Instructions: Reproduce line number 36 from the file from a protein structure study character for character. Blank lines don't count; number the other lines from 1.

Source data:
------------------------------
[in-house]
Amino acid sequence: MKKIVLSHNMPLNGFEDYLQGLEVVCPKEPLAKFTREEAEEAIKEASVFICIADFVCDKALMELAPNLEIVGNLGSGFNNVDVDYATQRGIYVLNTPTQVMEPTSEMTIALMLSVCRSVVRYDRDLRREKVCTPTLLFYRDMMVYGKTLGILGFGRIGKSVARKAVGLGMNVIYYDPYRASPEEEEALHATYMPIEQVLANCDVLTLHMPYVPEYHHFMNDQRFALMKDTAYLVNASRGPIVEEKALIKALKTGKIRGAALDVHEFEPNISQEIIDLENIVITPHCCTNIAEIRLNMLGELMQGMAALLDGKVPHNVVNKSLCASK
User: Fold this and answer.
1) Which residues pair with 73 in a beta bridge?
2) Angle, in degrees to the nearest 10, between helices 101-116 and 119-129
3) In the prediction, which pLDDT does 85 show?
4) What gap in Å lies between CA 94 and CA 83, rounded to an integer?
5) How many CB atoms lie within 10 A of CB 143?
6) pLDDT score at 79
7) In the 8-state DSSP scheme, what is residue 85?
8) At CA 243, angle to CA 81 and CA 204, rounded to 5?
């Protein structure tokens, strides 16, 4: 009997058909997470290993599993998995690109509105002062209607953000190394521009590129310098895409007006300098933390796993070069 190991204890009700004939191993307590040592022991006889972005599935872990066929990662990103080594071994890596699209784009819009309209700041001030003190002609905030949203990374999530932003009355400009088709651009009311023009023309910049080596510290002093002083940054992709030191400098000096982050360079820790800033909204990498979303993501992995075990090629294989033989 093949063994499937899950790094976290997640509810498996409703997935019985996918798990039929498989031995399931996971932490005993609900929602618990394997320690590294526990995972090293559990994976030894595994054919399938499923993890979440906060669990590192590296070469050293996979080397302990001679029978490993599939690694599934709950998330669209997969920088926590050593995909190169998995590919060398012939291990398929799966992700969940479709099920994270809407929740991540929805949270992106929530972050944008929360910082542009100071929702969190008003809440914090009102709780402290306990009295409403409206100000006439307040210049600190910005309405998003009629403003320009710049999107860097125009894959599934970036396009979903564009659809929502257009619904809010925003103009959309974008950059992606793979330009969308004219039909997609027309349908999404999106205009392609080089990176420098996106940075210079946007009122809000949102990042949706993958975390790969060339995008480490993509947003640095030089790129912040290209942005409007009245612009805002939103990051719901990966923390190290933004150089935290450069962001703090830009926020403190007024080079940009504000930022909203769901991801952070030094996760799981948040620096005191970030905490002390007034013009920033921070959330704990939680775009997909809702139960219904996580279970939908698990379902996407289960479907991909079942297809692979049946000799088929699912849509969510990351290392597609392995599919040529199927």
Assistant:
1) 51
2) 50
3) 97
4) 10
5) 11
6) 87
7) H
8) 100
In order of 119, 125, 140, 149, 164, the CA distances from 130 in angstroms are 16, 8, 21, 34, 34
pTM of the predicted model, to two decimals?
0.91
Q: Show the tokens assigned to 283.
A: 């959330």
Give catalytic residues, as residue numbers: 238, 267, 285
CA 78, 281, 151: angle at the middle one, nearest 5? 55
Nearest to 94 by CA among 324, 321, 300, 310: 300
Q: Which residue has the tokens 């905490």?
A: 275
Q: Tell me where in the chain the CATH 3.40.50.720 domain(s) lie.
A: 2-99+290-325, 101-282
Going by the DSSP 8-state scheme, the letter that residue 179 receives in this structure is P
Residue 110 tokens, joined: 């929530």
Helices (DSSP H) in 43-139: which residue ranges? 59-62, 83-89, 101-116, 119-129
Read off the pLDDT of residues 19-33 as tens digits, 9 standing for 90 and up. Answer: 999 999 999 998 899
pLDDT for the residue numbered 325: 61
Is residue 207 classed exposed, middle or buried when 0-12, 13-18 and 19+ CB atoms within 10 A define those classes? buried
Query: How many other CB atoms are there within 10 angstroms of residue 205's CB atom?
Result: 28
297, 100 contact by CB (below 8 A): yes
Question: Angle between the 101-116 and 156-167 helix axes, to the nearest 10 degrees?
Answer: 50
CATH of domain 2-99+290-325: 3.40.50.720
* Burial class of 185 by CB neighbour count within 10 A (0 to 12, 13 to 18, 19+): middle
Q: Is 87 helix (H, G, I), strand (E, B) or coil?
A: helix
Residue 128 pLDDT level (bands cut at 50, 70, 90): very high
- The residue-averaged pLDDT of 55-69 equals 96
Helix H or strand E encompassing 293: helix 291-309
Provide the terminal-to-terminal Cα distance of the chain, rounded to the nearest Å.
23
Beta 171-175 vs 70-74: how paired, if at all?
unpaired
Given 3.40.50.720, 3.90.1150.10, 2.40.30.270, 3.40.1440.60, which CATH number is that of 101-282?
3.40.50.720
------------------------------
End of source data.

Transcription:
Helices (DSSP H) in 43-139: which residue ranges? 59-62, 83-89, 101-116, 119-129